with only two people. The Palestinians who looked at me were so scared. I had
more police protecting me than there were Palestinians demonstrating.
AMOR: For the past seven years, since the Oslo agreement, we have had a
kind of peace process. Let’s say the Palestinians try to come back to Israel.
What kind of country would they have?
AWAD: For the future of that area we should not have a Palestinian state.
I could call the whole of Israel “Palestine” and an Israeli could call the
whole of Israel and Palestine “Israel,” and we could live together,
accepting each other. This is my dream. That will come after 50 or 60 years.
Israel has to accept that it is part of the Middle East, and divorce itself from
being European. They have to be accepted by the Arabs and Palestinians as a
minority in the Middle East, much as the Christians are a minority in the Middle
East. It is nice to be European but they are not. The older generations of
Europeans are dying. Now the young people are Middle Eastern. We have to think
that any Israeli has a right to own a home in Damascus and, if he wants, in
AMOR: So you are speaking about a unified Middle East?
AWAD: Yes. We have to compete with the United States, with Europe, with
China, in education, science, and commerce. We have to be together to compete
and build an acceptable standard of living.
AMOR: Can Islam, Judaism, and Christianity together develop a nonviolent
approach to politics?
AWAD: I don’t think so. Jews who are religious go to the right. Muslims
who are religious go to the extreme right, and Christians who are religious also
go to the extreme right. That is our problem. When you have people who receive
instructions from God they cannot function in a peaceful way. But a miracle
happened in South Africa. We have to learn from them the concept of
reconciliation, the admission that, “Yes, we did you wrong and we are
sorry.” That is a tough thing for the Israelis to say to the Palestinians.
“We are settlers on your land. Thank you and we appreciate that you let us use
your land.” Recently I was in a conference in Australia. And the minister
said, “We recognize that this land belongs to this tribe of native Australians
and that we are using their land.” That’s all. I am not interested in taking
Tel Aviv or kicking Israelis out. Just say that you are sorry. Say, “I did you
wrong.” I’m happy with that.
AMOR: Is the formula for reconciliation the right of return to the places
from which people had been kicked out?
AWAD: We built houses for some people so they wouldn’t be refugees
anymore. Then they decided to go back to the refugee camp because they are at
ease in that community. If tomorrow you tell the refugees that they can go back
to their original places, no more than ten percent would leave their community
to go change their lives. There is a fear that everyone would go back, but that
is not realistic.
AMOR: Surveys have been done lately. I don’t know how accurate and
reliable they are, but they report that most Palestinians in refugee camps would
accept only one solution—full return, even if it means they would have to
become Israeli citizens. They would not stay in Syria and Jordan, but would go
AWAD: You have to distinguish between emotions and reality. If anybody
tells you he will go to Palestine, let him go for a visit. If there is a Jewish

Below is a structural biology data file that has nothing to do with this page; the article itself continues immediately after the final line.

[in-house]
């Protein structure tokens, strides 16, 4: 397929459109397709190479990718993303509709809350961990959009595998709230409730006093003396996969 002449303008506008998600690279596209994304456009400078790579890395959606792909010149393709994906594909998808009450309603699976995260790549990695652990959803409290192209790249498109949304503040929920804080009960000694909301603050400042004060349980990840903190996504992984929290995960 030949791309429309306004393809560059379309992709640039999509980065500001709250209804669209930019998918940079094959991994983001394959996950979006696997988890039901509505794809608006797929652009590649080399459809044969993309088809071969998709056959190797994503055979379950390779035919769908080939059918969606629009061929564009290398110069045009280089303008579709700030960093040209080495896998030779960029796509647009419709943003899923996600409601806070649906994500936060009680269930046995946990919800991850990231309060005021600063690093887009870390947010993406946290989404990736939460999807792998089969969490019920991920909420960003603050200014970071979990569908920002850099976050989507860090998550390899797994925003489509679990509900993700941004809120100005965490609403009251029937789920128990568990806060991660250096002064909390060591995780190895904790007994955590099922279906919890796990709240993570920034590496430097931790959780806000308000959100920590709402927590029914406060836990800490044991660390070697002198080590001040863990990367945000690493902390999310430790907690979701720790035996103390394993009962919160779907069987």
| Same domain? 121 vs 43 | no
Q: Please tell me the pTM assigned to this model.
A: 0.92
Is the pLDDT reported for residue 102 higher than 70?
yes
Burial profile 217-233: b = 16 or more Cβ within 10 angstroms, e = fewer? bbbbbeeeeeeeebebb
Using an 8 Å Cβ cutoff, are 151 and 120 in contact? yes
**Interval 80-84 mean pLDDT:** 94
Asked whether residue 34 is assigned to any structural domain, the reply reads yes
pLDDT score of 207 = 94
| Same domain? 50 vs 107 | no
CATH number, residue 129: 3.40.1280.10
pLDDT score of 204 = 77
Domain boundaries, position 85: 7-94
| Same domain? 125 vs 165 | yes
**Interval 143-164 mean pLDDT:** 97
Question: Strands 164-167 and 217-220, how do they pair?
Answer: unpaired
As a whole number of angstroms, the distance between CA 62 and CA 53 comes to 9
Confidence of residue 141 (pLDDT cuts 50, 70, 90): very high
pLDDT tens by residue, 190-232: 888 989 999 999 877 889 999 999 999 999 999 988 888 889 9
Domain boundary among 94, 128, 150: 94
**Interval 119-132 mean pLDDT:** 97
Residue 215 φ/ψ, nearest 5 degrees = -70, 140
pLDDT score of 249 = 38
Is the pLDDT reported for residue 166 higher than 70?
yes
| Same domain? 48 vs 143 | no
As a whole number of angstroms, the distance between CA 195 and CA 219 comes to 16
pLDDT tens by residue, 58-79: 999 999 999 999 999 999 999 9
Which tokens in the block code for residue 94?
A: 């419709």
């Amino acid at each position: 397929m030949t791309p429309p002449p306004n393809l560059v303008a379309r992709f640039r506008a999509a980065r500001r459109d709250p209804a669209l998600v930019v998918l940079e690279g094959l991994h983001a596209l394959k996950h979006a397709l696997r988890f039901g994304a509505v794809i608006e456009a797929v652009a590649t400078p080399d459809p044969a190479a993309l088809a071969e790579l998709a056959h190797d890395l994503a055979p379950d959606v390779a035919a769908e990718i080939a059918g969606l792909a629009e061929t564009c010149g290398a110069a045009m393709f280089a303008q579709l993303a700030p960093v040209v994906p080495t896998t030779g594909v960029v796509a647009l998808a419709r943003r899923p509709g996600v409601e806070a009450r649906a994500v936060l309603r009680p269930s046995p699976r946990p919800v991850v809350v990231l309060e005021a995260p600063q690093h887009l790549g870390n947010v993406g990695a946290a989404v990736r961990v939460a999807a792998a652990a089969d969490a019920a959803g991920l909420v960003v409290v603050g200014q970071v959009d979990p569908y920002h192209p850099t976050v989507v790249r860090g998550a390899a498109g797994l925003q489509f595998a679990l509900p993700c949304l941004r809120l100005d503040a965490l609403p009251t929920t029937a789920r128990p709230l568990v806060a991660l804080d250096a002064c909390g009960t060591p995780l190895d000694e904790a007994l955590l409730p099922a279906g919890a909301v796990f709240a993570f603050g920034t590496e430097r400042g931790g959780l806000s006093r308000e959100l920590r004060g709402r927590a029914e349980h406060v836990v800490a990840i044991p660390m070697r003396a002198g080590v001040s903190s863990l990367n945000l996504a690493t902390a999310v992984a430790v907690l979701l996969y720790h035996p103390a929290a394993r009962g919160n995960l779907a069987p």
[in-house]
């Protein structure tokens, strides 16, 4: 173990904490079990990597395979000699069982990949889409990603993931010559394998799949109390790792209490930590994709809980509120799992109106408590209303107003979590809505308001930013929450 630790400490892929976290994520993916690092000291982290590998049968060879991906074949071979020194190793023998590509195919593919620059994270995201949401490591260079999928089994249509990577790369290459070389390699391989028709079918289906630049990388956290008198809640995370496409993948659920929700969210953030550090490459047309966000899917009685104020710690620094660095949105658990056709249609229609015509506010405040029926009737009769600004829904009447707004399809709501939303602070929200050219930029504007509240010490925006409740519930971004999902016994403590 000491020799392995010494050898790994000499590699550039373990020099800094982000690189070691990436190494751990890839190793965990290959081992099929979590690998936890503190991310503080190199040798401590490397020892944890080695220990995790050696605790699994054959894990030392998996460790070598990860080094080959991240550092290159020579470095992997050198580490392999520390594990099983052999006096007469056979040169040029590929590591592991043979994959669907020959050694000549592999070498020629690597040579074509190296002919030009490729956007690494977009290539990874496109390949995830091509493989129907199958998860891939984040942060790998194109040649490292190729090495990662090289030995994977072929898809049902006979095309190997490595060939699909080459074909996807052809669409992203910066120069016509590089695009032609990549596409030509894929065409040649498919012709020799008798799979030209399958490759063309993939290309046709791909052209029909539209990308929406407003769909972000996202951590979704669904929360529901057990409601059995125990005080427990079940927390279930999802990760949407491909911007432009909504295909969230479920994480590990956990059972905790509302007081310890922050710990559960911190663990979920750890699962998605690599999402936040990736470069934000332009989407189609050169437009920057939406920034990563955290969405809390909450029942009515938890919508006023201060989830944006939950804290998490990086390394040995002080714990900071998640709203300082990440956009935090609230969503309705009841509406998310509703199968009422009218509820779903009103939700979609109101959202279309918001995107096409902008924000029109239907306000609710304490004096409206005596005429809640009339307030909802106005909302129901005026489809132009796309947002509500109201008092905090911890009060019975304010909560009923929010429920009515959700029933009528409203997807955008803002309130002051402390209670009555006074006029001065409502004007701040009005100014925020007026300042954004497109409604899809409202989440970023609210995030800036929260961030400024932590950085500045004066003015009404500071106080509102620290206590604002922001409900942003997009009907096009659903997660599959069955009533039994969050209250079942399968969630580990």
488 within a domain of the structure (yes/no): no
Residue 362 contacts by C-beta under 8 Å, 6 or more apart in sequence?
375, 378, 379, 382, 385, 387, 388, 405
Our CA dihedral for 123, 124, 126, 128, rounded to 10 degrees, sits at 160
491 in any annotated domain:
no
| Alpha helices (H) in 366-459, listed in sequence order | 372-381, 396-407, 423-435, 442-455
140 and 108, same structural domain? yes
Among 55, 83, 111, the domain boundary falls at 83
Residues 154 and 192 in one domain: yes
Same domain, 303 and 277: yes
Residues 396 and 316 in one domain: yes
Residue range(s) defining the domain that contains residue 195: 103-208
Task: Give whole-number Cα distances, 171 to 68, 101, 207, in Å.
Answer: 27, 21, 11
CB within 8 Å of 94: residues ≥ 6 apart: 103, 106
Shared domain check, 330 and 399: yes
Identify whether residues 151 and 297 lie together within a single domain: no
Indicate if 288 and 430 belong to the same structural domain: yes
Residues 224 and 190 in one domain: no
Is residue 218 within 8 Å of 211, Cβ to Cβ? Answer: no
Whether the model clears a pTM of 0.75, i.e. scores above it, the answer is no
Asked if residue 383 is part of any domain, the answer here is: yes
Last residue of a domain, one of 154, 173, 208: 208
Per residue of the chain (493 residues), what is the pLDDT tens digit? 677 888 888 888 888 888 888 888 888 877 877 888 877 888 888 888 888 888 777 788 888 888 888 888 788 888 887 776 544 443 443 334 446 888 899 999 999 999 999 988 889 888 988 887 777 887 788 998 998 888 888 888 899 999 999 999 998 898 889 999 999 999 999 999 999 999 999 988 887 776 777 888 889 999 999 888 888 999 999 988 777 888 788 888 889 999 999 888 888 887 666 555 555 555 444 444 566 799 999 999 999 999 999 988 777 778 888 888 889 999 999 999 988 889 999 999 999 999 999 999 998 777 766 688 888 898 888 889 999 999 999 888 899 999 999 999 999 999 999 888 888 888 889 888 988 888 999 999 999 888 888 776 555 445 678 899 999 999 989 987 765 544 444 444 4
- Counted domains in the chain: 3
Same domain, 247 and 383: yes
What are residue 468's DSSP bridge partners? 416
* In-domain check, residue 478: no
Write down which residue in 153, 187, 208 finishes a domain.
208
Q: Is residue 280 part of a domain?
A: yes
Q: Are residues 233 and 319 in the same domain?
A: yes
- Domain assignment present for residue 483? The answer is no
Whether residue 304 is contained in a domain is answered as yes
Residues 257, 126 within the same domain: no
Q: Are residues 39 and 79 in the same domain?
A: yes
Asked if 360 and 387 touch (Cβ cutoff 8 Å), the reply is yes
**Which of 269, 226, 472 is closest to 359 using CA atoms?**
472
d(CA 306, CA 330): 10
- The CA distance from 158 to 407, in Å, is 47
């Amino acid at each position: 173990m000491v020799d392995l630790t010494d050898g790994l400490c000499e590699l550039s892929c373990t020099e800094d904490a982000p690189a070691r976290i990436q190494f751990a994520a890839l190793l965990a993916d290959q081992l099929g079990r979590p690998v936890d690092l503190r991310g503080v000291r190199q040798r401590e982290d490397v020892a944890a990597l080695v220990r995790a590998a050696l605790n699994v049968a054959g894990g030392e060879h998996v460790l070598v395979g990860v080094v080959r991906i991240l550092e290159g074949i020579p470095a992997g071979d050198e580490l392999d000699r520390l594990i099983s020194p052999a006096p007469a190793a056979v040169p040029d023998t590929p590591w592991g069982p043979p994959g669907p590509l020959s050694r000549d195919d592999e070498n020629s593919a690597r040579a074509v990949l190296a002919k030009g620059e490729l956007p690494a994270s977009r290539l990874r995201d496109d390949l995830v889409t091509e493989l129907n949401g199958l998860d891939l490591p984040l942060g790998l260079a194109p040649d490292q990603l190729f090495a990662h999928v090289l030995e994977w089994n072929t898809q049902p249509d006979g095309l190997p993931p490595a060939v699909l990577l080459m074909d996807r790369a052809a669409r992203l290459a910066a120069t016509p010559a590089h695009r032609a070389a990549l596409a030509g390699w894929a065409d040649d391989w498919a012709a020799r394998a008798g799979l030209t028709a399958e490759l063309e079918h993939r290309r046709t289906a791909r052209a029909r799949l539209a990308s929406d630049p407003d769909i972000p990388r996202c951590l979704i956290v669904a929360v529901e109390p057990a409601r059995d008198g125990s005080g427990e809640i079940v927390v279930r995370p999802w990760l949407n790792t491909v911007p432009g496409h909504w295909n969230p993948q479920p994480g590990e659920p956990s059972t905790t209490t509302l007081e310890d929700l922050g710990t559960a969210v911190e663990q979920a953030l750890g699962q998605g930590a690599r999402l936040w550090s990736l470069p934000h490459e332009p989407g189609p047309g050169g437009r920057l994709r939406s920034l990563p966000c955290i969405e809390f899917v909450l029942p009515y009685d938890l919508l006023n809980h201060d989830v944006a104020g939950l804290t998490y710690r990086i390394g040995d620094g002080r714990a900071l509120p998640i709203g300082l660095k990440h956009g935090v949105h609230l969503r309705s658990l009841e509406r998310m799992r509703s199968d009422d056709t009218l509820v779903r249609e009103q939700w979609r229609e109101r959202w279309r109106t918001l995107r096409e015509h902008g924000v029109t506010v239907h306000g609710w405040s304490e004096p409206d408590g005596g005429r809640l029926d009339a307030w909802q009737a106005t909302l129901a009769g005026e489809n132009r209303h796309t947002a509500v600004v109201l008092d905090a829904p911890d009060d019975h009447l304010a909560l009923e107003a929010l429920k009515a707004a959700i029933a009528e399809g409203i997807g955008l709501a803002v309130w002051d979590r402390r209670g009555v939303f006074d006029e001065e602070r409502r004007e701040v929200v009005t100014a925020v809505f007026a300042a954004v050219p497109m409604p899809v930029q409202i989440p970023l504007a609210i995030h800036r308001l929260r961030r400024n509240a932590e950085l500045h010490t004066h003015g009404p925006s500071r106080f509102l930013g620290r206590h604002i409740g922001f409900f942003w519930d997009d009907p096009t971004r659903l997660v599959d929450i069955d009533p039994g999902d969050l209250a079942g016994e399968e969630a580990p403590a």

community there, he will not want to be in it. We don’t have the mentality of
the settlers going into Hebron. If Palestinians don’t have a community they
cannot exist. I did a lot of work with refugee youths in the camps when I was in
Jerusalem. One situation created a big problem. I gave them roses to go and
place at their families’ original homes. About 60 percent did not know where
the house of their father or their grandfather was in Israel. So emotionally
everybody will tell you, “Oh, I want to go there,” but physically that would
not work. Palestinians were mostly farmers. For the past fifty years they have
not been farmers. Do they want to go back and be farmers? There is no community
in Israeli society for them to go and live in.
AMOR: How would you address the centrality of Jerusalem to Israelis and
AWAD: The old city of Jerusalem should not be ruled either by
Palestinians or Israelis. We should have a committee of Christians, Muslims, and
Jews, with rotating leadership to take care of religious matters. I think that
Arafat is ready to deal with Jerusalem. For politicians to interfere inside the
city of Jerusalem doesn’t work. I am not saying that it should be a capital of
Israel or a capital of Palestine. But the old city of Jerusalem, I am against
having it under international rule because the Palestinians don’t trust the UN
and the Israelis never did trust the UN. So it would be good cooperation if we
could have a committee of religious groups, just to be responsible for the
religious aspect of it. Sewage, water, and security matters would be handled by
Palestinians and Israelis.
AMOR: Deep in your heart do you believe this conflict is resolvable?
AWAD: Yes, I think the Arabs and Palestinians have to recognize that the
Israelis and the Jews have the right to stay there. Neither Israelis nor
Palestinians can feel superior. No one can say that he is a dirty Jew or he is a
dirty Arab. That has to disappear. We can do that. We have to eliminate most of
the traditional feelings—that God gave me this land, or that God is telling me
to do this, or that this is all mine. The traditional people are dying out and
we have a new generation. Ten or fifteen years ago nobody said that the Israelis
could recognize the PLO. We have it. And now we have to take ourselves to the
higher ground—to open borders on both sides, and give people the freedom to
choose. I am hopeful.
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Mubarak Awad lives in Washington, D.C. at present.